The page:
Pew Research Center survey reports, demographic studies and data-driven analysis
Globally, More Name U.S. Than China as World’s Leading Economic Power
Across 38 nations, a median of 42% say the U.S. is the world’s leading economy, while 32% name China. The economic balance of power has shifted in the eyes of some key U.S. allies and trading partners.
U.S. Image Suffers as Publics Around World Question Trump’s Leadership
President Trump and many of his key policies are broadly unpopular around the globe, and ratings for the U.S. have declined steeply in many nations.
Russians Remain Confident in Putin's Global Leadership
A majority of Russians say their country has improved its international standing, and many are confident in Putin’s handling of global issues. Economic views are mixed and corruption remains a concern.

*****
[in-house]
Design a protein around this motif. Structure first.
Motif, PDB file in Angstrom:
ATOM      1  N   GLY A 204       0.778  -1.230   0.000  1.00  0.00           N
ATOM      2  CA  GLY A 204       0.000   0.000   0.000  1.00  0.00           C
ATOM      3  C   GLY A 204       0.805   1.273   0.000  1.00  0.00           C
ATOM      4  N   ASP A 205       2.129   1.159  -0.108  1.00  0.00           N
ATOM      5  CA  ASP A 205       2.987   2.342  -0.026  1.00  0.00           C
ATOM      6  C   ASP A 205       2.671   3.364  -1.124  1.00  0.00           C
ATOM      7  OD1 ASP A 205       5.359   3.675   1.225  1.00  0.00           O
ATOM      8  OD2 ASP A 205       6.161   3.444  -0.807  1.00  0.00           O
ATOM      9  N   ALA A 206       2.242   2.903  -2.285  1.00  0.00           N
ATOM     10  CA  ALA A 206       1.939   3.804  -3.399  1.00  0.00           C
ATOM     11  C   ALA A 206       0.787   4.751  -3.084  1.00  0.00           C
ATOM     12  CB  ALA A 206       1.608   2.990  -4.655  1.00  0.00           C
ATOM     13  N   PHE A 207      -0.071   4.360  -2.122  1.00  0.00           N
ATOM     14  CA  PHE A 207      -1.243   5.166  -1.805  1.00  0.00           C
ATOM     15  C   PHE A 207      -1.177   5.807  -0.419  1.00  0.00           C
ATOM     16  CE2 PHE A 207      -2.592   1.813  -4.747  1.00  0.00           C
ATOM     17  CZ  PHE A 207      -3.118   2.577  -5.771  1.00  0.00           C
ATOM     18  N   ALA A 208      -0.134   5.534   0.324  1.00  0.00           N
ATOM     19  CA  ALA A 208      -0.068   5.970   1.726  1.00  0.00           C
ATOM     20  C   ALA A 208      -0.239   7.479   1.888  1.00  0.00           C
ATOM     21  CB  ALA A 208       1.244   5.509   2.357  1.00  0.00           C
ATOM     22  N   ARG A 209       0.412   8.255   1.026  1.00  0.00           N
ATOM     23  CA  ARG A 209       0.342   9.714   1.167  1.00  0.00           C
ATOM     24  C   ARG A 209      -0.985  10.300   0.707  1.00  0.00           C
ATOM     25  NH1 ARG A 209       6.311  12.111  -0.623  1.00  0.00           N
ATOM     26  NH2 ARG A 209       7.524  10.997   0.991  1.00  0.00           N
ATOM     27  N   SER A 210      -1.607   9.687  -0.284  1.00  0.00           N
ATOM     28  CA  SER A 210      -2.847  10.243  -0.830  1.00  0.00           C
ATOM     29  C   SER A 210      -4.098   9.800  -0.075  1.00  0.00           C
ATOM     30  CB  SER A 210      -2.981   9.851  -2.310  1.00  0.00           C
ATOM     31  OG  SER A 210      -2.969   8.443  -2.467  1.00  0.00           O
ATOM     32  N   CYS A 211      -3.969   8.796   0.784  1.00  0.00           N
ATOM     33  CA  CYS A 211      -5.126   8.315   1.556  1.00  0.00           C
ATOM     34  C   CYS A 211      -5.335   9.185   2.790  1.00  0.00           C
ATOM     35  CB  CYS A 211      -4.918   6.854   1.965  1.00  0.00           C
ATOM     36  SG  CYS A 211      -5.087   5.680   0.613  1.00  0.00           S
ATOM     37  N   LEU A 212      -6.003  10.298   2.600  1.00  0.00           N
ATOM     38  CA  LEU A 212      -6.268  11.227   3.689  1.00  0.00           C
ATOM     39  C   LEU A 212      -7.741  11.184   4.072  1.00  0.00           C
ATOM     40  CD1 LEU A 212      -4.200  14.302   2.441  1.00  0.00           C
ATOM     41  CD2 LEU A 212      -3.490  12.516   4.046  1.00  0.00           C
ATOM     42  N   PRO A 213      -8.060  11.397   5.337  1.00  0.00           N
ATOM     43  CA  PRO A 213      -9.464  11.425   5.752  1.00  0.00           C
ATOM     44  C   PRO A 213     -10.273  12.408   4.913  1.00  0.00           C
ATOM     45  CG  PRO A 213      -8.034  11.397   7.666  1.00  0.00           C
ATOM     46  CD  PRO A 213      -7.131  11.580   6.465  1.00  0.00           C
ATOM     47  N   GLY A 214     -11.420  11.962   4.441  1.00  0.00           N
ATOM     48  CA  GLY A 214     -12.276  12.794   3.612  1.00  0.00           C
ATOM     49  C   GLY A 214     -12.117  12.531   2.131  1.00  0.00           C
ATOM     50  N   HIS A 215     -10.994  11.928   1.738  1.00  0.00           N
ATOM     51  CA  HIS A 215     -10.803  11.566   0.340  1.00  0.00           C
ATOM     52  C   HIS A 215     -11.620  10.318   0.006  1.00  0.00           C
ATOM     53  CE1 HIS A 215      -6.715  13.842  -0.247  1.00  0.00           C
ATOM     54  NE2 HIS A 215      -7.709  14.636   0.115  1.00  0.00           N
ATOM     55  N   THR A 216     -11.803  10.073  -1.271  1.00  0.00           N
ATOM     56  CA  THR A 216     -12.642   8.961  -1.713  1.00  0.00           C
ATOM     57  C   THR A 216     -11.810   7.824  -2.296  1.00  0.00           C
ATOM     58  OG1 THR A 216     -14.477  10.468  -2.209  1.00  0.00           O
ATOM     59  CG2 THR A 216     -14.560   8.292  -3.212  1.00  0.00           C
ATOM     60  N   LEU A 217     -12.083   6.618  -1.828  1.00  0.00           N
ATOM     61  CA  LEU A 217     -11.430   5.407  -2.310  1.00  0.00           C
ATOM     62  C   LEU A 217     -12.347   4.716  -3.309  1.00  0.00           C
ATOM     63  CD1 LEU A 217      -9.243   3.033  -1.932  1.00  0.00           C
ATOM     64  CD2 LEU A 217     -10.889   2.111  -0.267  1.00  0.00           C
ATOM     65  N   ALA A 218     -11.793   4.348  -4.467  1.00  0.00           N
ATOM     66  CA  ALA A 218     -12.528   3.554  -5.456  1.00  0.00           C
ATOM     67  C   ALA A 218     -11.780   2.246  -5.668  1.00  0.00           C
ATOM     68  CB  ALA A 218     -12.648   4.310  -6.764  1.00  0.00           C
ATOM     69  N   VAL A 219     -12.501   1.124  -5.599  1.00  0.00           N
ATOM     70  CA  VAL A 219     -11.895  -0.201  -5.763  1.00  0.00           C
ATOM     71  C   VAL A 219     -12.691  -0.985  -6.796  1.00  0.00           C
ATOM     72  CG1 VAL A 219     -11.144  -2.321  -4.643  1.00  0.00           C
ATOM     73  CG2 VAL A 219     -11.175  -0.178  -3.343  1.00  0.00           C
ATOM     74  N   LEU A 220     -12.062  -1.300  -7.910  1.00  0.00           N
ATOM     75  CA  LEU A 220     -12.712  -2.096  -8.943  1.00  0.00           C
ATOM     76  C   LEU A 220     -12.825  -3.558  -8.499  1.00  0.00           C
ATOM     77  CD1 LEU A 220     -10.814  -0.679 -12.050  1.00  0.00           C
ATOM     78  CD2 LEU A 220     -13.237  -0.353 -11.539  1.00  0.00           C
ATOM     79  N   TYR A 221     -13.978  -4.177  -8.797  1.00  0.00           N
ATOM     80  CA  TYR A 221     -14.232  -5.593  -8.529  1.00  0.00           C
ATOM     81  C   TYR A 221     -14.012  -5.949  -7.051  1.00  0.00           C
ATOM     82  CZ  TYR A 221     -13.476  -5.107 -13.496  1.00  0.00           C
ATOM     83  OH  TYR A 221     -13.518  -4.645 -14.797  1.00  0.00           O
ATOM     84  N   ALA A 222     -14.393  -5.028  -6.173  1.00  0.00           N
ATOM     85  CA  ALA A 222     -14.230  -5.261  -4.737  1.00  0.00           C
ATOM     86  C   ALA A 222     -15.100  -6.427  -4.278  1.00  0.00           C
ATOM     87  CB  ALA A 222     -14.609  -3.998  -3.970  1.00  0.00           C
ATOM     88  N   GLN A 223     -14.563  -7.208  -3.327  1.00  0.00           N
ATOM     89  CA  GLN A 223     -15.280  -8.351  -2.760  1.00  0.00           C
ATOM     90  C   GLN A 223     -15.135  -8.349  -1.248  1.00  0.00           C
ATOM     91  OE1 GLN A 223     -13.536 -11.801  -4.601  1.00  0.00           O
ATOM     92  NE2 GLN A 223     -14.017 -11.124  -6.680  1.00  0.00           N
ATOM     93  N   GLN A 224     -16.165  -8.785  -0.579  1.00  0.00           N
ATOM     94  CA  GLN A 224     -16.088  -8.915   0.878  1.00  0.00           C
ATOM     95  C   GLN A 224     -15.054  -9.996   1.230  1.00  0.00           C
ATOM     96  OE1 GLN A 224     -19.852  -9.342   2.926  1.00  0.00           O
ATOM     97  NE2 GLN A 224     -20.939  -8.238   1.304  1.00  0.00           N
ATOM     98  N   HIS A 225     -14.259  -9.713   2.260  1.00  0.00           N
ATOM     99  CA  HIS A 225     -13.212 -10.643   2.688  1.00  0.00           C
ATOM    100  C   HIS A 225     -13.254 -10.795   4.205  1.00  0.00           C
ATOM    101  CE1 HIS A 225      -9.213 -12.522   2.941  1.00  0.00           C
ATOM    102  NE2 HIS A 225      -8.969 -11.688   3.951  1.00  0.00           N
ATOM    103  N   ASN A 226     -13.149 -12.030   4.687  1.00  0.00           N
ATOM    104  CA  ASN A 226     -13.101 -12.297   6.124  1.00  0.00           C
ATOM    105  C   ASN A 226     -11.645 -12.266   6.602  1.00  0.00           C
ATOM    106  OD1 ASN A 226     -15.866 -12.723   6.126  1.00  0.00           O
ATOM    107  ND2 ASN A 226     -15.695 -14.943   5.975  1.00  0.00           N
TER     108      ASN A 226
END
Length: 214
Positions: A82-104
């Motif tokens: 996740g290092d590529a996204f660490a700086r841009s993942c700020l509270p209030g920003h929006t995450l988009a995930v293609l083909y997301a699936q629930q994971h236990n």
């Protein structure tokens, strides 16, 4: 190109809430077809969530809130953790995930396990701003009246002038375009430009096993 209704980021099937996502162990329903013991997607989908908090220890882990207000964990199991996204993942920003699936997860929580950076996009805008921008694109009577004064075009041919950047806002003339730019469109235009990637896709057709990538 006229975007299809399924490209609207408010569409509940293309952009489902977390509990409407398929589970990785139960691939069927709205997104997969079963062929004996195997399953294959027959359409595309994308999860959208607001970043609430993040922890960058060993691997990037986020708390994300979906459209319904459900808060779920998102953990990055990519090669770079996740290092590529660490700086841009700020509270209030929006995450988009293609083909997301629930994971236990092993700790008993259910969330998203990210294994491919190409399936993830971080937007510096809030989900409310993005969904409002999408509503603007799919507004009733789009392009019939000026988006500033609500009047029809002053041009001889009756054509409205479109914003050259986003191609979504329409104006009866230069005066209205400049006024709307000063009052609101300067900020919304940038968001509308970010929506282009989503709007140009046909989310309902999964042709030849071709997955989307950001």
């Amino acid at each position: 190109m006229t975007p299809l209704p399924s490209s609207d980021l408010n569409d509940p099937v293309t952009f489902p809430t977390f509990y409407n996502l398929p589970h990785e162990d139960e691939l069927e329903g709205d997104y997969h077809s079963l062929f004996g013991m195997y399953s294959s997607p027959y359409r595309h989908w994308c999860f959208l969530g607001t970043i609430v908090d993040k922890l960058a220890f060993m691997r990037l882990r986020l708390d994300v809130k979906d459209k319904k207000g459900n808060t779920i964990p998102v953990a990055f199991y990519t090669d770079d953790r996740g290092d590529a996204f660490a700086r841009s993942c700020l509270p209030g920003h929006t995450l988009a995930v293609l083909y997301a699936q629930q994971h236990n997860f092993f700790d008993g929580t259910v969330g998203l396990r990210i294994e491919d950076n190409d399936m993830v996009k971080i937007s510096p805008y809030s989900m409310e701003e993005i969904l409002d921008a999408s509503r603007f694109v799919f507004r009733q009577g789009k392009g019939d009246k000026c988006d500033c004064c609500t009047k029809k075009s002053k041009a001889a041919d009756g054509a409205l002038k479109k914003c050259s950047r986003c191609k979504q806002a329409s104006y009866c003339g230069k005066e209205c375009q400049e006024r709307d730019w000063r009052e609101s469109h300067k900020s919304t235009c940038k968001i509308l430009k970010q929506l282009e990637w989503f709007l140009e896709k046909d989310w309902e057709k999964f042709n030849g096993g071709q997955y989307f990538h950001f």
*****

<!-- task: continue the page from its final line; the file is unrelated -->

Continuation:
Post-Brexit, Europeans More Favorable Toward EU
While few citizens in Europe want their country to leave the EU, many would support a vote on their country’s EU membership. Frustrations remain over Brussels’ handling of economic and refugee issues.
The Digital Footprint of Europe’s Refugees
An analysis of online searches in 2015 and 2016 opens a window into the path and timing of migrant flows from Middle East to Europe.
Global Publics More Upbeat About the Economy
Nearly a decade after the Great Recession, economic spirits are reviving around the world. But many are pessimistic about the next generation’s financial future.
British Divided on Brexit Impact as New Elections Loom
Ahead of the June 8th general election, the British public is split on Brexit’s consequences and unsure of how much to trust their national government.
NATO’s Image Improves on Both Sides of Atlantic
Views of the security alliance have grown more positive in North America and Europe, but there are sharp political and partisan differences.
Middle Class Fortunes in Western Europe
From 1991 to 2010, the middle class expands in France, the Netherlands and the United Kingdom, but, as in the United States, shrinks in Germany, Italy and Spain.
Americans’ Views of China Improve as Economic Concerns Ease
In case of conflict, most Americans back using force to defend Asian allies against China.